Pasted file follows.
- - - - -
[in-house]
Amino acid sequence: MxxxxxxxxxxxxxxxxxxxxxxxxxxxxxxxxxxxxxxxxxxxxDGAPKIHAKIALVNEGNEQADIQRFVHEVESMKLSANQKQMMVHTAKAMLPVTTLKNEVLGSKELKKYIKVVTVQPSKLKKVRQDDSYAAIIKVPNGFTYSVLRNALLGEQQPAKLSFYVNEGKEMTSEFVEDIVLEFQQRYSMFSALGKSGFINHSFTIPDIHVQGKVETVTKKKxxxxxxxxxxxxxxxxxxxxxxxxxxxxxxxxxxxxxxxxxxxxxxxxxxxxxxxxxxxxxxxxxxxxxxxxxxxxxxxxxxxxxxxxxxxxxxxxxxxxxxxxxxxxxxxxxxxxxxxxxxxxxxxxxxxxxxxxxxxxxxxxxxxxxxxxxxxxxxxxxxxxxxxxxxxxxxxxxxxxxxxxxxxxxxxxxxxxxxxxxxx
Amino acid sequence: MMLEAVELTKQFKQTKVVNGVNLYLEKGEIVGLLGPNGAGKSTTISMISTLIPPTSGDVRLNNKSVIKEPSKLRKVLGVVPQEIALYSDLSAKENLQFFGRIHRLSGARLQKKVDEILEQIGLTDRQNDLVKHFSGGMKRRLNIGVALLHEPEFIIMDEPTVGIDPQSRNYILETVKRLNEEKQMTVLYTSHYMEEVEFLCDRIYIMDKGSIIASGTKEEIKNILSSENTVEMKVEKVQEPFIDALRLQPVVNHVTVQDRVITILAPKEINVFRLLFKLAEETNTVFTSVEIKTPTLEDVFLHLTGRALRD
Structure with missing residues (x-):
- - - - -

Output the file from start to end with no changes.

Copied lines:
[in-house]
Amino acid sequence: MxxxxxxxxxxxxxxxxxxxxxxxxxxxxxxxxxxxxxxxxxxxxDGAPKIHAKIALVNEGNEQADIQRFVHEVESMKLSANQKQMMVHTAKAMLPVTTLKNEVLGSKELKKYIKVVTVQPSKLKKVRQDDSYAAIIKVPNGFTYSVLRNALLGEQQPAKLSFYVNEGKEMTSEFVEDIVLEFQQRYSMFSALGKSGFINHSFTIPDIHVQGKVETVTKKKxxxxxxxxxxxxxxxxxxxxxxxxxxxxxxxxxxxxxxxxxxxxxxxxxxxxxxxxxxxxxxxxxxxxxxxxxxxxxxxxxxxxxxxxxxxxxxxxxxxxxxxxxxxxxxxxxxxxxxxxxxxxxxxxxxxxxxxxxxxxxxxxxxxxxxxxxxxxxxxxxxxxxxxxxxxxxxxxxxxxxxxxxxxxxxxxxxxxxxxxxxx
Amino acid sequence: MMLEAVELTKQFKQTKVVNGVNLYLEKGEIVGLLGPNGAGKSTTISMISTLIPPTSGDVRLNNKSVIKEPSKLRKVLGVVPQEIALYSDLSAKENLQFFGRIHRLSGARLQKKVDEILEQIGLTDRQNDLVKHFSGGMKRRLNIGVALLHEPEFIIMDEPTVGIDPQSRNYILETVKRLNEEKQMTVLYTSHYMEEVEFLCDRIYIMDKGSIIASGTKEEIKNILSSENTVEMKVEKVQEPFIDALRLQPVVNHVTVQDRVITILAPKEINVFRLLFKLAEETNTVFTSVEIKTPTLEDVFLHLTGRALRD
Structure with missing residues (x-):